District seeks grant to clear water

Clearing up the drinking water in South Whidbey schools will cost about $600,000; but school officials are confident the fix will be funded with a federal grant.

Officials expect to hear soon whether the district will receive a grant from the U.S. Department of Agriculture to restore clean water to the three affected schools and the South Whidbey Health Department.

But it won’t be a quick fix. Students and staff will be drinking bottled water through the end of the year.

The three-pronged engineering project is expected to be completed in August before school begins next fall.

“We are nearing the end of a long road,” said John Willson, director of maintenance and transportation for the district. “But we are not there yet.”

The proposed plan will not only remove the lead from the water but will further treat the water to reduce the mineral content.

“The modifications will include treating the water at the source and in the storage wells, and replacing all the plumbing fixtures in the four buildings,” Willson said.

The district has been working with the engineering firm HDR, a national firm with experience in fixing water problems in Puget Sound schools.

“They have been great to work with and really understand our problem,” Willson said. “HDR was awarded the contract to fix the lead problem in the Seattle schools.”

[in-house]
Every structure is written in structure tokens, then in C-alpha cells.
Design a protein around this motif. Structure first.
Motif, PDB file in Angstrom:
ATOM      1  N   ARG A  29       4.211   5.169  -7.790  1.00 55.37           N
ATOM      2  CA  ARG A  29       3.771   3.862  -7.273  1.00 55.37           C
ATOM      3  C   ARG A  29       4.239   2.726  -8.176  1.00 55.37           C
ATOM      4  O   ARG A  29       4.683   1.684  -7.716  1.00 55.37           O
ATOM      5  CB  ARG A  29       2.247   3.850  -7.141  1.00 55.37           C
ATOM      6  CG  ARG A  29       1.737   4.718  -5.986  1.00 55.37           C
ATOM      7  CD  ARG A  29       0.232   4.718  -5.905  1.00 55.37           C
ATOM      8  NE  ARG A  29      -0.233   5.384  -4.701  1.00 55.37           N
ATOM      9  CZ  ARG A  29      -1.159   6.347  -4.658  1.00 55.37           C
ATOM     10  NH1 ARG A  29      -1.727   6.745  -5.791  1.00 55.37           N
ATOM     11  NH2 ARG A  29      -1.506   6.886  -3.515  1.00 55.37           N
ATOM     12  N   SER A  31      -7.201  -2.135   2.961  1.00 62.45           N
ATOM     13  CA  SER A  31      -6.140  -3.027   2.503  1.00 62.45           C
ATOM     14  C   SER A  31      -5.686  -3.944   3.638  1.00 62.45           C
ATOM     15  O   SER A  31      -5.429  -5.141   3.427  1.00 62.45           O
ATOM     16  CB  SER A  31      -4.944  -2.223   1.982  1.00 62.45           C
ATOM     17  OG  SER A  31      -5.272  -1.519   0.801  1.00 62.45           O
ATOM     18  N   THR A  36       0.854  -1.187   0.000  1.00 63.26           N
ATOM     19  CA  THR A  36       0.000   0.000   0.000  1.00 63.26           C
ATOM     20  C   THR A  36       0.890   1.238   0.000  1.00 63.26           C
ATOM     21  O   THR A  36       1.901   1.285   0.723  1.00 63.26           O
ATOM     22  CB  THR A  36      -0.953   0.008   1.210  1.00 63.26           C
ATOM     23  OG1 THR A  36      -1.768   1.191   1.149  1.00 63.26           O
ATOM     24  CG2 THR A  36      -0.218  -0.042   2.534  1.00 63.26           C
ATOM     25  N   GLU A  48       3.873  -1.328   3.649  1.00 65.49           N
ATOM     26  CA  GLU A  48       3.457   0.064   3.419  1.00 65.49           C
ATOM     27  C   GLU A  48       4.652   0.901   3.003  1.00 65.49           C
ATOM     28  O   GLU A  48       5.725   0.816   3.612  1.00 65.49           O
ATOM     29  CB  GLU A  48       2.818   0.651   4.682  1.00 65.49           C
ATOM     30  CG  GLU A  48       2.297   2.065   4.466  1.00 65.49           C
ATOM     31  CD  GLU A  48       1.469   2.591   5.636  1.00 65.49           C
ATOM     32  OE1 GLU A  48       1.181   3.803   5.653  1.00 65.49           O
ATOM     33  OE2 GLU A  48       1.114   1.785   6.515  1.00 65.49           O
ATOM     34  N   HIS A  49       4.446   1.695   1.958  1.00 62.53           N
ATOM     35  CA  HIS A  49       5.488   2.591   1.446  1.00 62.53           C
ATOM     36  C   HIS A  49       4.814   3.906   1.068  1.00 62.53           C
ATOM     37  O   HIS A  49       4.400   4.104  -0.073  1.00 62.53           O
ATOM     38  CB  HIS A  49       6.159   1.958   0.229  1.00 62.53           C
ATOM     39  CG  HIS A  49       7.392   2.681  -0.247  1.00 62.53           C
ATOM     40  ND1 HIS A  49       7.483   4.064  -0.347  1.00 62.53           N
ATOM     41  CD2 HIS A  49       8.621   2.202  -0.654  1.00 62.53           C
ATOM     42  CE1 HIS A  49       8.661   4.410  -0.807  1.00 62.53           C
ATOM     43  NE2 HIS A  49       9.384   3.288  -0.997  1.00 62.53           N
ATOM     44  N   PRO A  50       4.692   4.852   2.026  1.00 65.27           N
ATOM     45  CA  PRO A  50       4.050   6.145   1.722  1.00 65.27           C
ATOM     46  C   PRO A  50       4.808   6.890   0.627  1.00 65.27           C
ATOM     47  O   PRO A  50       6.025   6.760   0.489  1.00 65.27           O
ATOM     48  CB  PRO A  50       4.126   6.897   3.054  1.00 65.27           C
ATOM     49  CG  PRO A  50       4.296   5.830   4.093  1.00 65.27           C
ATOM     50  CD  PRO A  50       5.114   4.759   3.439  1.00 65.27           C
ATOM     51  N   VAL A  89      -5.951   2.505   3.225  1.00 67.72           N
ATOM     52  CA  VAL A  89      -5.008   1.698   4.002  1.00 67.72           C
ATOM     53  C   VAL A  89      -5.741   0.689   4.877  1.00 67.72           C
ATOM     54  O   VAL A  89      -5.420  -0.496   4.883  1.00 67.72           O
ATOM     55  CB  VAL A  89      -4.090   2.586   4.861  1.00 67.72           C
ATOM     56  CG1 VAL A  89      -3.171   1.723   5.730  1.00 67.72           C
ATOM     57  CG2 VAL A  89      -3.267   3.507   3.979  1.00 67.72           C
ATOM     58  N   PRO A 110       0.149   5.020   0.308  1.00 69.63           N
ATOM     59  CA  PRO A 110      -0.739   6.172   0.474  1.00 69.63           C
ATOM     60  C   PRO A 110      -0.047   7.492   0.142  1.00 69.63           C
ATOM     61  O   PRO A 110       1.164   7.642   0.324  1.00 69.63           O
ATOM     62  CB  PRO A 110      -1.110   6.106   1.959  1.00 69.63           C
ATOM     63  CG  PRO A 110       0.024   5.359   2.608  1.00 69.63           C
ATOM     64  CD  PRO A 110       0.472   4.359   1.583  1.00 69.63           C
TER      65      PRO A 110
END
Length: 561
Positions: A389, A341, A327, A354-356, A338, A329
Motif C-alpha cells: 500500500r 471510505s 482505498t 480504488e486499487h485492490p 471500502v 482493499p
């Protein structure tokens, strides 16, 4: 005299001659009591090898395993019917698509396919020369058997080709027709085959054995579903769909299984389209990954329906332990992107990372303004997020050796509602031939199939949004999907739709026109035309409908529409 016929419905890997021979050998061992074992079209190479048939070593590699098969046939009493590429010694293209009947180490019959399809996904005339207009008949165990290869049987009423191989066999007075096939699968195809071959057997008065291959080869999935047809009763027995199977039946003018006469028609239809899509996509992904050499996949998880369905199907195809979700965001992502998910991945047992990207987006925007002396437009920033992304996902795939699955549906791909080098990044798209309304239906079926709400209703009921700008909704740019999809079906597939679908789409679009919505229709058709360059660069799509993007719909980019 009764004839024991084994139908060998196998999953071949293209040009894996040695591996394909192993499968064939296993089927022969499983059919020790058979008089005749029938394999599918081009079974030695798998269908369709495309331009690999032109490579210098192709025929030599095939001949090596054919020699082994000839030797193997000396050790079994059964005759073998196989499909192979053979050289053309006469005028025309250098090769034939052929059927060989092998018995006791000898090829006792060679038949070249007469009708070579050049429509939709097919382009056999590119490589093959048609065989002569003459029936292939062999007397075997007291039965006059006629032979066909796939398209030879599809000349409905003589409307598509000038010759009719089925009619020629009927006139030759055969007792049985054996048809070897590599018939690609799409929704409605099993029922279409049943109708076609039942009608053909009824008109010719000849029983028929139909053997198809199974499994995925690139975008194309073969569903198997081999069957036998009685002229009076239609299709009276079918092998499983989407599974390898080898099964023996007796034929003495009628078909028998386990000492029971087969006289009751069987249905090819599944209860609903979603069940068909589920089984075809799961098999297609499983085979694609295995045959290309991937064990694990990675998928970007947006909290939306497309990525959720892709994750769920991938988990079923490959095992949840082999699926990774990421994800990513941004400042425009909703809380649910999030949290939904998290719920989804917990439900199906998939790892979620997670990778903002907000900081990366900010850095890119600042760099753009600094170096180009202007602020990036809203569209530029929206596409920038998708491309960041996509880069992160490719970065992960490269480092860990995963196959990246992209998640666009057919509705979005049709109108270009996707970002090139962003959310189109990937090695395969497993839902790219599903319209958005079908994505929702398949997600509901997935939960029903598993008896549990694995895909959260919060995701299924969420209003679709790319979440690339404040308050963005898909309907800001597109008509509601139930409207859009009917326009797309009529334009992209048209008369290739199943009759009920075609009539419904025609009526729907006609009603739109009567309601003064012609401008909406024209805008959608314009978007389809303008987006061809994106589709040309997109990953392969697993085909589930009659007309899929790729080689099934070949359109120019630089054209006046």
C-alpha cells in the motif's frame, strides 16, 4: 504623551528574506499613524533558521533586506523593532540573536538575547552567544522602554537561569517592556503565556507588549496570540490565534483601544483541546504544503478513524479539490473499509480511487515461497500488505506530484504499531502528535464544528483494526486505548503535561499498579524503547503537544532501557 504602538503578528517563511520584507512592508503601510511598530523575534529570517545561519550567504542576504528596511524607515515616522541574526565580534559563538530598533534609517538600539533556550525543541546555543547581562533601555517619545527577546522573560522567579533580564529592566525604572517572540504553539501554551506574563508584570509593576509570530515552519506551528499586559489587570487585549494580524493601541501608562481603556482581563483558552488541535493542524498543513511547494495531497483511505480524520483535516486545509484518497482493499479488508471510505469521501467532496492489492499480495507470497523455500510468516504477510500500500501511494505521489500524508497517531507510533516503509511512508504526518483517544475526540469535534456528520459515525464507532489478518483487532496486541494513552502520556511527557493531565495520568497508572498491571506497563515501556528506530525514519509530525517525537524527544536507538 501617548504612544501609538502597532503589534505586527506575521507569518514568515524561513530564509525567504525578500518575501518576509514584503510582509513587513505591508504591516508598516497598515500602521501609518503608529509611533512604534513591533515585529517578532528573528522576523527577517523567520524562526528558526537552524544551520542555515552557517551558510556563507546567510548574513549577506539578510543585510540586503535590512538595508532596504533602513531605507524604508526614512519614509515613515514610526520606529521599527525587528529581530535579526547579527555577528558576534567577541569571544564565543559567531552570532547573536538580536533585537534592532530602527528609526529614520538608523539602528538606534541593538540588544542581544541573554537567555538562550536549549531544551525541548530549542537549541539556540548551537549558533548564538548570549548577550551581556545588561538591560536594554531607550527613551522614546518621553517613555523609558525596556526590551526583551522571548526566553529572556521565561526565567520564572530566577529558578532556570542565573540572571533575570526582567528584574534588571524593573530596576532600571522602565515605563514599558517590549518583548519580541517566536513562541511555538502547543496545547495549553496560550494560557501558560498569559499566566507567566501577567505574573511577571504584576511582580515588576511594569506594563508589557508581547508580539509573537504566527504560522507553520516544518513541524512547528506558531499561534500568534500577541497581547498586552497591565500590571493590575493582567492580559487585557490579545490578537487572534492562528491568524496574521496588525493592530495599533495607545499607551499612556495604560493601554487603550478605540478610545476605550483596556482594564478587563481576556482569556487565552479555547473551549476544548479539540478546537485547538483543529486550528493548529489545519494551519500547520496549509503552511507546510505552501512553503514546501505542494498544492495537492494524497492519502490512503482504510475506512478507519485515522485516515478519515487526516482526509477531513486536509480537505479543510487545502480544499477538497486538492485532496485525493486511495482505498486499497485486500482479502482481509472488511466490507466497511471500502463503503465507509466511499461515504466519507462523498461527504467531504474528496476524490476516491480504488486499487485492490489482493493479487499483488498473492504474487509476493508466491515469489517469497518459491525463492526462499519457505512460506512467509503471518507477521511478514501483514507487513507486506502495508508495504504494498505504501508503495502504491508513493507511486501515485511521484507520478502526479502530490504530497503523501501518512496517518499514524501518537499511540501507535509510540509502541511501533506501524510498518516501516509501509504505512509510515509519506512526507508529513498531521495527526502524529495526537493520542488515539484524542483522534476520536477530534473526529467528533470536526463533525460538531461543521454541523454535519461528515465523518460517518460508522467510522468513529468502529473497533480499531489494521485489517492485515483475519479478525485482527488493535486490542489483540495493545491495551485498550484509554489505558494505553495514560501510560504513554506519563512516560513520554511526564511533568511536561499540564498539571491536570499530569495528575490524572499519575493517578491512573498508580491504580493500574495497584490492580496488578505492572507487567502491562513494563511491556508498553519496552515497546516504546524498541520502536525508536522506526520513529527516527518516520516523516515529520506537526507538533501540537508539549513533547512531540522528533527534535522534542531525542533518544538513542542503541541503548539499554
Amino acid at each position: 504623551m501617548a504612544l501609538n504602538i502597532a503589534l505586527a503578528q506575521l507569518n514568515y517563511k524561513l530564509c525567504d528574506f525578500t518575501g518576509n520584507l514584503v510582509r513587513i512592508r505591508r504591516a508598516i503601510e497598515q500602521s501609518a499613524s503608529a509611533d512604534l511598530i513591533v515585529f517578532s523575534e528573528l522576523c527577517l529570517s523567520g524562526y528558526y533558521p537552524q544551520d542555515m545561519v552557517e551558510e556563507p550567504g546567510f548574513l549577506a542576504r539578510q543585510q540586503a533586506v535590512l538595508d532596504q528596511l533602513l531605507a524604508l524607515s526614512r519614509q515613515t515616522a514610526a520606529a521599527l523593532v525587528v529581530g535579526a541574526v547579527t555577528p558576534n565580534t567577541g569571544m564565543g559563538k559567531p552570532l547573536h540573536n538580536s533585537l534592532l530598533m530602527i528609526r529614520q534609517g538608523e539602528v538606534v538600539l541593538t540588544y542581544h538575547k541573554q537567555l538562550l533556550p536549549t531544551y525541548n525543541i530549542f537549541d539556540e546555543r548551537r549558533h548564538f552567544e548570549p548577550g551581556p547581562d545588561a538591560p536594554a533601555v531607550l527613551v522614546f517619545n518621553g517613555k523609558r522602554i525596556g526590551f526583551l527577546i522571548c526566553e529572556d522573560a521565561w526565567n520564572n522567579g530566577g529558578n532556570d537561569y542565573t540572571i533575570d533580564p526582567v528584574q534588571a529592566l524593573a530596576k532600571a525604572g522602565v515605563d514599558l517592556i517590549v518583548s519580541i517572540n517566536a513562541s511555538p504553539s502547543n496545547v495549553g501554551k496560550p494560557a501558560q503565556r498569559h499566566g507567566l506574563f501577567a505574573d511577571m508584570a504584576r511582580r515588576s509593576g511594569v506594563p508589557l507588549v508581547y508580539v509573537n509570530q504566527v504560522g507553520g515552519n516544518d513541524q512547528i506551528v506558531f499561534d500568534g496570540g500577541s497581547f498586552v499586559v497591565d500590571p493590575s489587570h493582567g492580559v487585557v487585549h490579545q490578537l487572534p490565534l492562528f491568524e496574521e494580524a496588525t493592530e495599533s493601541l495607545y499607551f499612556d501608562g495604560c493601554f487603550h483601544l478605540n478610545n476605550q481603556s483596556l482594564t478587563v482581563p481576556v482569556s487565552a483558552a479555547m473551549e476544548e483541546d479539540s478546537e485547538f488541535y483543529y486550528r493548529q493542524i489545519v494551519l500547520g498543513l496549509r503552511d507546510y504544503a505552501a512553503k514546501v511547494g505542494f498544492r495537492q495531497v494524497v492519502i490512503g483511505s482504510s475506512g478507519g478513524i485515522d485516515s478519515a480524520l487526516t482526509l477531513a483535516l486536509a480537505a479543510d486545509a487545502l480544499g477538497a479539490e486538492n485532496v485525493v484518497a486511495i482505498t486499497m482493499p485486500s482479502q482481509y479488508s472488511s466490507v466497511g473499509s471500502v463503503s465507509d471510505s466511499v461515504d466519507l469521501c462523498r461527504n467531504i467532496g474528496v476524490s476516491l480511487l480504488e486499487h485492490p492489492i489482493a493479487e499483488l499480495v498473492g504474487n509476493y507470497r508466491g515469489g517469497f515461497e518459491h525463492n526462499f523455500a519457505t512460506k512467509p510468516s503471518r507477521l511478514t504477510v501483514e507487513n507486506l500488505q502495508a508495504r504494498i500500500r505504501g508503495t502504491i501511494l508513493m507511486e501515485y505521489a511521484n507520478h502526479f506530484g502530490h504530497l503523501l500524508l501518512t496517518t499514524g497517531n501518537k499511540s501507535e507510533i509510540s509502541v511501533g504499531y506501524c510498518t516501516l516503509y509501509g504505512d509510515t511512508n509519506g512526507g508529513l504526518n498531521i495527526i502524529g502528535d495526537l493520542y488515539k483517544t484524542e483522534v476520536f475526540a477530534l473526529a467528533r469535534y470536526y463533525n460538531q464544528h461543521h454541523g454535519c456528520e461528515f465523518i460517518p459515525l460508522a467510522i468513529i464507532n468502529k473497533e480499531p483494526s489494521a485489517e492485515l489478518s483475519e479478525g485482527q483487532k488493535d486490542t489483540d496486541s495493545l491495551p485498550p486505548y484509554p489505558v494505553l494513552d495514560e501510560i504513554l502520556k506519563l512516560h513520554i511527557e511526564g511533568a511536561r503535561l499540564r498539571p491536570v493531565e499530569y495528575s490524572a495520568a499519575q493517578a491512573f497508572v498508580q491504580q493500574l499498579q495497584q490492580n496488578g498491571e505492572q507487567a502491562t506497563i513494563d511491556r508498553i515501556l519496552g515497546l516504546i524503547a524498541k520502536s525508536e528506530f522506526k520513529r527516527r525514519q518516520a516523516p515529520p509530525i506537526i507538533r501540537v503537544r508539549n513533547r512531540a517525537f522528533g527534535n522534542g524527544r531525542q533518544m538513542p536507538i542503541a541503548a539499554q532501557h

HDR did a preliminary study for the district but the final contract will be awarded to the lowest bidder.

The district has already received a $25,000 grant from the agriculture department to help foot the bill for bottled water. The grant was awarded in fall 2005 and will buy about six months of bottled water.

Quenching the thirst of school children gets expensive quick.

“We are spending about $4,000 a month on bottled water,” Willson said.

Before it’s all done the district will spend about $50,000 of its own money on bottled water.

In November 2004 district officials discovered the presence of lead in the drinking water at three of the district’s schools.

Routine tests discovered traces of lead in excess of state standards, and the problem stretched beyond South End classrooms. The Island County Health Department is also served by the school district’s well.

Langley Middle School and Bayview School were given a clean bill of health because they are served by other water districts.

Ten sites were tested, including kitchen taps, health rooms and several classrooms; six of those tested were found above the acceptable level set by the state Department of Health. The state requires action when lead concentrations exceed 0.015 milligrams per liter.

The district’s highest lead concentrations were found in water at the high school kitchen (with .0820 million milligrams per liter) and in Room 212 (with .0570 million milligrams per liter).

If the district does not receive the federal grant, it will seek low or no-cost loans to fund parts of the project not already covered by the grant.

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